If the CT writer's words are true and a publishing house informant told him the plan that the publishing industry has to drop the term emerging church, what will they replace it with? The New Age gurus have attempted to replace their term with "the New Spirituality." To define this new spirituality, they use words and terms like awakening, emergence, oneness, God's dream, transformation, new reformation, Kingdom of God on earth, global peace, expansive redemption, rethinking, co-creation, christ-consciousness, and imagination. But while these New Age leaders have moved away from the term "New Age," replacing it with these other terms, it is important to note that the woman who coined the term "New Age," Alice Bailey, used most of the terms above to define the New Age. These words do define the New Age.

With that in mind, what words and terms are the emerging church leaders using today? Here's the list: awakening, emergence, oneness, God's dream, transformation, new reformation, Kingdom of God on earth, global peace, expansive redemption, rethinking, co-creation, christ-consciousness, and imagination. We could show you example after example. Phyllis Tickle's new book, The Great Emergence, Erwin McManus' book Wide Awake and his website Awaken (formerly Awaken Humanity), Leonard Sweet's "christ-consciousness," Rob Bell's co-creation, Rick Warren's global peace and new reformation, Brian McLaren's God's Dream, and the list could go on and on.

Just as the New Age movement has had to rename itself in order to maintain societal acceptance, so too the emerging church must put on a coat of different colors to maintain its welcome within the walls of Christianity. Those, like Roger Oakland, who have meticulously revealed the true nature of the emerging church, have forced its leaders (including the publishing houses and financiers) to play their hand.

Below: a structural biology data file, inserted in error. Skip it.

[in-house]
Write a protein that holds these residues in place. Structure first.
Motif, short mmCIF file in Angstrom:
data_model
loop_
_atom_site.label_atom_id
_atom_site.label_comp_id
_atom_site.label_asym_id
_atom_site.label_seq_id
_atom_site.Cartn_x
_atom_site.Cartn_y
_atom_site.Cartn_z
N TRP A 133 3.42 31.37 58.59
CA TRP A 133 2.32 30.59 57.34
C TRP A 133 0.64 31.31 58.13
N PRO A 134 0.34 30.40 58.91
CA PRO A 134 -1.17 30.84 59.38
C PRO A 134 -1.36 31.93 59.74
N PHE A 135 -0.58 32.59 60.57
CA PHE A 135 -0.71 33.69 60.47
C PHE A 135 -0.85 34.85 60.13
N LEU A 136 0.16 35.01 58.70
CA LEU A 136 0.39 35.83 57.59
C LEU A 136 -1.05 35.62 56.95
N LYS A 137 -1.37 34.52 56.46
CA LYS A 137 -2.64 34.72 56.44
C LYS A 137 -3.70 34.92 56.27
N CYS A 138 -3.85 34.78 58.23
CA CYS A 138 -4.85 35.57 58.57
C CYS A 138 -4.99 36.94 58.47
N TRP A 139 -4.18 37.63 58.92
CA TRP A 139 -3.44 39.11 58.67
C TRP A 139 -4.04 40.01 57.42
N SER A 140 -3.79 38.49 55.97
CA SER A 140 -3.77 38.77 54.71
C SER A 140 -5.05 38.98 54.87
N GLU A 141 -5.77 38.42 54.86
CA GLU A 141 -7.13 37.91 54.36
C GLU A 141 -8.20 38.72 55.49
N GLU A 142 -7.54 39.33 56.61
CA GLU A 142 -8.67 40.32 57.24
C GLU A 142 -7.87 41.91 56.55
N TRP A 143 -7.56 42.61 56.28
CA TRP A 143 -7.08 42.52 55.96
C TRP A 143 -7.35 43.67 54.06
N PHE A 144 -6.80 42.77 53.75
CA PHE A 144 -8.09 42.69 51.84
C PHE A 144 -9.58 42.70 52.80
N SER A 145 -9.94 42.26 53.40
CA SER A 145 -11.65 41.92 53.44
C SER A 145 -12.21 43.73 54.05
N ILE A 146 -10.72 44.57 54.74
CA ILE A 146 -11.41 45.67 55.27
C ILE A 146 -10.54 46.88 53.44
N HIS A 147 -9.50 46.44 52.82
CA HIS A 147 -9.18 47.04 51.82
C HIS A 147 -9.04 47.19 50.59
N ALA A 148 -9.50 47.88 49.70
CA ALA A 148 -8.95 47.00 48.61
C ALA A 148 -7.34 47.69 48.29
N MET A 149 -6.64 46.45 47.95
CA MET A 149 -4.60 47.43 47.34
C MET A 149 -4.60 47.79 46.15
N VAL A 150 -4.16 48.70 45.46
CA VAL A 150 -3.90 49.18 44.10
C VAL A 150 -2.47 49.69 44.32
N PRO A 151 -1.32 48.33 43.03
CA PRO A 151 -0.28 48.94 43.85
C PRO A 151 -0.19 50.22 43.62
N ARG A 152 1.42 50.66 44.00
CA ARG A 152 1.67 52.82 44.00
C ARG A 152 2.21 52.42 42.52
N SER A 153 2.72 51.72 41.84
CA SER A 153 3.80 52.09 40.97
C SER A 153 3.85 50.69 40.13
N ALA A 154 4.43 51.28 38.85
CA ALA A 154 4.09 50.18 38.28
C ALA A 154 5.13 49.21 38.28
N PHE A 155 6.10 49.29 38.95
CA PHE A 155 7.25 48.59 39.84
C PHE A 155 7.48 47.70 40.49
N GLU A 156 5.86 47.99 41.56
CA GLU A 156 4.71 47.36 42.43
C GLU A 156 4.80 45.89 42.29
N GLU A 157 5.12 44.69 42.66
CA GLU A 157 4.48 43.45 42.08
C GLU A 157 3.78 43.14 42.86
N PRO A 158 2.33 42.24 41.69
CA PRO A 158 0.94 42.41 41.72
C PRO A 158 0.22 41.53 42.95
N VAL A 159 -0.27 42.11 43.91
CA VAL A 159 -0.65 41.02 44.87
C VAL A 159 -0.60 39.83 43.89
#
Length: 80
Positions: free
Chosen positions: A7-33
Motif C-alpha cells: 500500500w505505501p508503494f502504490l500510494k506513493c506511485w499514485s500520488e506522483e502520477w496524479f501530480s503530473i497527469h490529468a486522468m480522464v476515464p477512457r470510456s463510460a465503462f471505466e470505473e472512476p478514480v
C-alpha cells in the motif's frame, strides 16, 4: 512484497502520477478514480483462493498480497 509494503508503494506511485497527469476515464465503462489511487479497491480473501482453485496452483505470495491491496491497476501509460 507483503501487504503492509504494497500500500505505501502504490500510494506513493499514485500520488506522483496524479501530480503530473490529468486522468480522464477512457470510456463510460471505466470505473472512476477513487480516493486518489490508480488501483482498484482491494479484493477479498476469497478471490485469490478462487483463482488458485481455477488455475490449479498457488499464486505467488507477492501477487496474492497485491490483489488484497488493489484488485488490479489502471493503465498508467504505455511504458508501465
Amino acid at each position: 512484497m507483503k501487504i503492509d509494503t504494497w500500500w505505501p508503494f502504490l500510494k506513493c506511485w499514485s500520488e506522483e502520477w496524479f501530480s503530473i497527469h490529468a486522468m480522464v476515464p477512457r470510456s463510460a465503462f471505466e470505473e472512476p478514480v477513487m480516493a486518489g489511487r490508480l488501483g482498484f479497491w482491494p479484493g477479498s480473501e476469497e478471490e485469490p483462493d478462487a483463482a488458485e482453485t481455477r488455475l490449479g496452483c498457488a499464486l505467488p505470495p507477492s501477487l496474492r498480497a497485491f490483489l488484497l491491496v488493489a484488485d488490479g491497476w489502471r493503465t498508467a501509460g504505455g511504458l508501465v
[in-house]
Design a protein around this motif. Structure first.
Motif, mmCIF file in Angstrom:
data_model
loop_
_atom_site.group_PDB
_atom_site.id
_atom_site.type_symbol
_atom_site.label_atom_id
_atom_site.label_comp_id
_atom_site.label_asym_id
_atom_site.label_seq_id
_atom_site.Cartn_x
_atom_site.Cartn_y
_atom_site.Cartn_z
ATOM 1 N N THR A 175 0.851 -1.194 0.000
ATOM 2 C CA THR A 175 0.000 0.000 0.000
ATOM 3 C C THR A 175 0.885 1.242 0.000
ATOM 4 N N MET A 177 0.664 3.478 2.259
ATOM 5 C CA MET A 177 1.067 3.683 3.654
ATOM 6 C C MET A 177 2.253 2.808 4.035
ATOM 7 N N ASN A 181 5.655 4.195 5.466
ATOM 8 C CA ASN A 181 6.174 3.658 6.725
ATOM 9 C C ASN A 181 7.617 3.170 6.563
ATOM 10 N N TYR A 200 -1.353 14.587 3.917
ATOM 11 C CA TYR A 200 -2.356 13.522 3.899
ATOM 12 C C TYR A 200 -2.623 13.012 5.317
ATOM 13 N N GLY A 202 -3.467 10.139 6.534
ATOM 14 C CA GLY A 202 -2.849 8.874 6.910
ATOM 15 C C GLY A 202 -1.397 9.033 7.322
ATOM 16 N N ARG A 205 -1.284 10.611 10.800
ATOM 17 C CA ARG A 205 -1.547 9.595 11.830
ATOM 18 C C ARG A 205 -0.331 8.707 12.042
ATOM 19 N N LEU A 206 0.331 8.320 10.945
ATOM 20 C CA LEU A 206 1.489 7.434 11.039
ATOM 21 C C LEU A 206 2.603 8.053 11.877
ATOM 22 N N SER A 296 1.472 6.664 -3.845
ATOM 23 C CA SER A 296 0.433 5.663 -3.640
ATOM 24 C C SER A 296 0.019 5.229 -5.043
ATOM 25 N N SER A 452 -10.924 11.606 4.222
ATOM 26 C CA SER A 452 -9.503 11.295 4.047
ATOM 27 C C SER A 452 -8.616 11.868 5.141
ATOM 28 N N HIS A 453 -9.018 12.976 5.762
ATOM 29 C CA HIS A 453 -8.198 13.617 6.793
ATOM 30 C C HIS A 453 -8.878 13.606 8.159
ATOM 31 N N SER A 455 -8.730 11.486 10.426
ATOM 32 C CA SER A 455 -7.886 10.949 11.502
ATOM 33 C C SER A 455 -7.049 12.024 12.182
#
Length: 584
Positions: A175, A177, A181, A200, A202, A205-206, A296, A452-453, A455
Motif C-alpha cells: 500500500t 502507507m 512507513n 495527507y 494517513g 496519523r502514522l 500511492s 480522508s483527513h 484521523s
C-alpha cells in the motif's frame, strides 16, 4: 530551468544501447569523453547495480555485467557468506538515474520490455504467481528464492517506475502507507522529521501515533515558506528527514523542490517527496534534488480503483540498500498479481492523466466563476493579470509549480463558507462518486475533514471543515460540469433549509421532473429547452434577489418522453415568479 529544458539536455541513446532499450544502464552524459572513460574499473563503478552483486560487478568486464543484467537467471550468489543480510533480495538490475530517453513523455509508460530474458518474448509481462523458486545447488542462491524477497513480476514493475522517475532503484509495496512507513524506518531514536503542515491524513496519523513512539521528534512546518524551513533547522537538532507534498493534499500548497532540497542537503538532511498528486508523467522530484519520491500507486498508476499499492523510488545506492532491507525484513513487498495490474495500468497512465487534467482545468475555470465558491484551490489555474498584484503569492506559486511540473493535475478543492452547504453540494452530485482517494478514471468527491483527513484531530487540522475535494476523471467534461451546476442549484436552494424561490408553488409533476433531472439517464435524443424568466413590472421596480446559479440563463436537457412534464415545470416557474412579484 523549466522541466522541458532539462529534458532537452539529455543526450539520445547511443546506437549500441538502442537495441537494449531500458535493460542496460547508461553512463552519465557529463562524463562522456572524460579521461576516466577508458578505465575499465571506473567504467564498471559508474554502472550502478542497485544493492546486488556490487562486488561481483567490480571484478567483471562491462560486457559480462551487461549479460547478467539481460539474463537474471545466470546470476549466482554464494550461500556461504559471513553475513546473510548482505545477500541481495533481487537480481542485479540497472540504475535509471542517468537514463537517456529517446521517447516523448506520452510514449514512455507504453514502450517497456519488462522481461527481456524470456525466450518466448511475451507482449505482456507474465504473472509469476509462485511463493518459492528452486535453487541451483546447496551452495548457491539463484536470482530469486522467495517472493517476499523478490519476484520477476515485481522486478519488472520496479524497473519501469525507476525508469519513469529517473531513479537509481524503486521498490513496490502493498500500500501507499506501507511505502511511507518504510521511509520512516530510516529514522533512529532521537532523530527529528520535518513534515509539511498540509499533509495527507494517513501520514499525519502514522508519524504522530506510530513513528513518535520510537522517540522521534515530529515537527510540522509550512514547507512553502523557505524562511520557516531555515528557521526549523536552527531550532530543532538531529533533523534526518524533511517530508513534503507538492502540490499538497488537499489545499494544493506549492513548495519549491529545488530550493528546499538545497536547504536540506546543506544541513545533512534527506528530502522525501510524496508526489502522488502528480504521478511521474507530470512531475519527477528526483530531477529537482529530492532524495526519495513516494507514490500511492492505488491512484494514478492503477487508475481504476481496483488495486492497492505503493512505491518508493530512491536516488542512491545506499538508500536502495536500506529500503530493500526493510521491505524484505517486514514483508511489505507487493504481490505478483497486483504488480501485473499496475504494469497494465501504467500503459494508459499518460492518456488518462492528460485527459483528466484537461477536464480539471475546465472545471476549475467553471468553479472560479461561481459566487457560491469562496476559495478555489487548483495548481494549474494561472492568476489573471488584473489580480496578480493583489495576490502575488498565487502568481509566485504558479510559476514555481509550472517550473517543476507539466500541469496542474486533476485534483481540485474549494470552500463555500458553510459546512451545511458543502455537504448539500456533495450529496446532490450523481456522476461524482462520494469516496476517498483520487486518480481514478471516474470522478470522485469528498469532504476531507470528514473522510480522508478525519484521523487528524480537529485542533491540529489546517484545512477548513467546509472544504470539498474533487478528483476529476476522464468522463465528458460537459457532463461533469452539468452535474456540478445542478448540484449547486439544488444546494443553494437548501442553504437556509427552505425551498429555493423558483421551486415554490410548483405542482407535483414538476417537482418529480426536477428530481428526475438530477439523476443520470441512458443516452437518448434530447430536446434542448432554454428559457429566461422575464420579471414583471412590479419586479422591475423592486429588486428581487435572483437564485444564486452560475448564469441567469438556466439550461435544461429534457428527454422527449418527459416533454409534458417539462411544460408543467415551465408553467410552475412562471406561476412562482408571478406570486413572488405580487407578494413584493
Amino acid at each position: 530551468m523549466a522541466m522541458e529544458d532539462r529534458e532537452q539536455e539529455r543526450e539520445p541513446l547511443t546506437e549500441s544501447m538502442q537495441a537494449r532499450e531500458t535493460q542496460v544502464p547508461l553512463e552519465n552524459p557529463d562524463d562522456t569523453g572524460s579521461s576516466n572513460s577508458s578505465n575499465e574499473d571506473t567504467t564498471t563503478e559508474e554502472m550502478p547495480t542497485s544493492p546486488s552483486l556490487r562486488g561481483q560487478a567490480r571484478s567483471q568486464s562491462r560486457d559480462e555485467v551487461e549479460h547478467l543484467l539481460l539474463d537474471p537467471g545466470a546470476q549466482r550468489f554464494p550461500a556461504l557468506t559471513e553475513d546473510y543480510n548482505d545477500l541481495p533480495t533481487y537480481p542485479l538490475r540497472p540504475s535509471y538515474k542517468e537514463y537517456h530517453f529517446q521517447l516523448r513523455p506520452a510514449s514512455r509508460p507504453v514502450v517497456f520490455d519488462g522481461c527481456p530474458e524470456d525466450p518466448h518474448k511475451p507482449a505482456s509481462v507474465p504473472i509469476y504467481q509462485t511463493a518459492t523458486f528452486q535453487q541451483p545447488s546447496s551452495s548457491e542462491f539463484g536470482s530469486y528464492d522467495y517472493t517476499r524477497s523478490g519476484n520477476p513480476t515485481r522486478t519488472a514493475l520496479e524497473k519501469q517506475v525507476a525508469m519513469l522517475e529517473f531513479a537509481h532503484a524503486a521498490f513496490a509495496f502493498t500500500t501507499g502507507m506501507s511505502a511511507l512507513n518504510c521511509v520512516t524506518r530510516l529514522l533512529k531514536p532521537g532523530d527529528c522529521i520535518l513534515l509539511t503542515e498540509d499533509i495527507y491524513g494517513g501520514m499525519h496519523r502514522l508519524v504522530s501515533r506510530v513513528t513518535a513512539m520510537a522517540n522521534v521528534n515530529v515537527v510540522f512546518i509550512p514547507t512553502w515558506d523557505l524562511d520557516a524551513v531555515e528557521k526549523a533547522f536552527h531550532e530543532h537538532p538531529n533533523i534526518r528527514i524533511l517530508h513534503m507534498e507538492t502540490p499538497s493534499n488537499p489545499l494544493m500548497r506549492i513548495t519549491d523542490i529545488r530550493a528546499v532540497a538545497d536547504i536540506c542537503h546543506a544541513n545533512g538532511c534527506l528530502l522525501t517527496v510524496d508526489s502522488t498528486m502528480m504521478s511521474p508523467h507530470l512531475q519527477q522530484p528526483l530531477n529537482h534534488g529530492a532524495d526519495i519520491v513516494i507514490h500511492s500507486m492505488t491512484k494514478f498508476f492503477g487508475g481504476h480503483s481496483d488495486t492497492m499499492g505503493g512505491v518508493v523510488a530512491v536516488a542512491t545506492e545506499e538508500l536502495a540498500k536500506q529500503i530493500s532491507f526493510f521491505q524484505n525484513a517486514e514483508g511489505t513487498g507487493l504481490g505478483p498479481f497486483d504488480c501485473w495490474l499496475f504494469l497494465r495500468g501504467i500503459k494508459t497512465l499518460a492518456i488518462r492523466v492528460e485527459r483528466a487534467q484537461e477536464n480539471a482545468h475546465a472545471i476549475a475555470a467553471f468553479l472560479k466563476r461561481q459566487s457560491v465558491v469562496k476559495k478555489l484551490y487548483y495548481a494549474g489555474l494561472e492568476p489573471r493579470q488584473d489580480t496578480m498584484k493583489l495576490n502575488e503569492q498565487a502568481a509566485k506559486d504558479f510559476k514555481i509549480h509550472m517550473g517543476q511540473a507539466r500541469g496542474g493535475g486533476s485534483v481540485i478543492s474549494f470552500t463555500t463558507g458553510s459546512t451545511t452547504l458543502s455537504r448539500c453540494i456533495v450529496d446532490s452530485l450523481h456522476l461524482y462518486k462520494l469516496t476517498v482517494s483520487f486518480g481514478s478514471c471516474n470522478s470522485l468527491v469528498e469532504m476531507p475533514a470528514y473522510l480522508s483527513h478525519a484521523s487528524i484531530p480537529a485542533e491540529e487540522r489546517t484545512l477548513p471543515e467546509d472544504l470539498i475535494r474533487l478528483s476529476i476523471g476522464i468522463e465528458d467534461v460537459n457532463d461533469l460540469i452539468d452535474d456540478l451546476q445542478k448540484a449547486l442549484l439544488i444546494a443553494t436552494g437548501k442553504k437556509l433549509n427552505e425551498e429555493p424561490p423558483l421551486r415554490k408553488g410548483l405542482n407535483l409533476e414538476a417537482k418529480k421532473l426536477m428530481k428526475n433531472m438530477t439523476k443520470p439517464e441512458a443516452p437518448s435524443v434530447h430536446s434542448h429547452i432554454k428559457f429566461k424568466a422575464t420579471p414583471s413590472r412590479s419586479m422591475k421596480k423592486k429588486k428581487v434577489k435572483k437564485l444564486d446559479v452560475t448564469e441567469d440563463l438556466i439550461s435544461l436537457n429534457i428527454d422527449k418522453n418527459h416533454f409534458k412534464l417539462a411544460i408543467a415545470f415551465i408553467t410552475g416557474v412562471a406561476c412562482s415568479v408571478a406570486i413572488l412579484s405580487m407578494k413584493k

What will be the next move and what will be the implications? The CT article says that "news has been leaking about a new network being formed by Dan Kimball, Erwin McManus, and Scot McKnight among others." Dan Kimball and Erwin McManus HAVE been sharing some of the same platforms lately. At Robert Schuller's 2008 Rethink conference, the two were there as speakers. At McManus' Awaken 2008 conference, Kimball accepted McManus' invitation to be a speaker there. Incidentally, as we stated in a a news brief about that event, one of the speakers at Awaken 2008, has promoted New Age leader and Oprah favorite, Eckhart Tolle. But in light of the marked similarities between the New Age and the emerging church, that really shouldn't come as a surprise. As for a new network, Dan Kimball talked about Awaken on his own website after the event was over. On that post, Kimball stated: [W]e have been dreaming and meeting about forging a relational and intentional network/alliance." Kimball was also with McManus at LeadNow08, another of many emerging-type conferences taking place across North America today. It will be interesting to see this new "network/alliance" - very likely we can expect to see the emergence of this dream of the awakening of humanity for the purposes of global peace brought about through a new reformation to establish the kingdom of God here on earth. Mysticism will be the vehicle to bring it about.

When the emerging church came on the scene in the late 1990s, it was able to enjoy several years of movement with virtually no criticism. Brian McLaren, Doug Pagitt, Mark Driscoll, and the other formative men wrote book after book, did event after event, and quickly gained momentum and by the way, lots of media coverage, so much so that in 2005 Brian McLaren was named as one of Time magazine's 25 Most Influential Evangelical Leaders, an entitlement that took some of the winners decades of ministry to obtain. But then books, like A Time of Departing which identifies the mystical elements of the emerging church, and Faith Undone, which shows the anti-biblical nature of the movement, came out, and many people began to understand that the emerging church was an interspiritual, universalist body that was against the atonement of Jesus Christ and perpetuated a growing hostility toward the bride of Christ (the body of born-again believers). It all became just too obvious; and thus a natural response is to say, that movement has become corrupted; we are moving on to something else.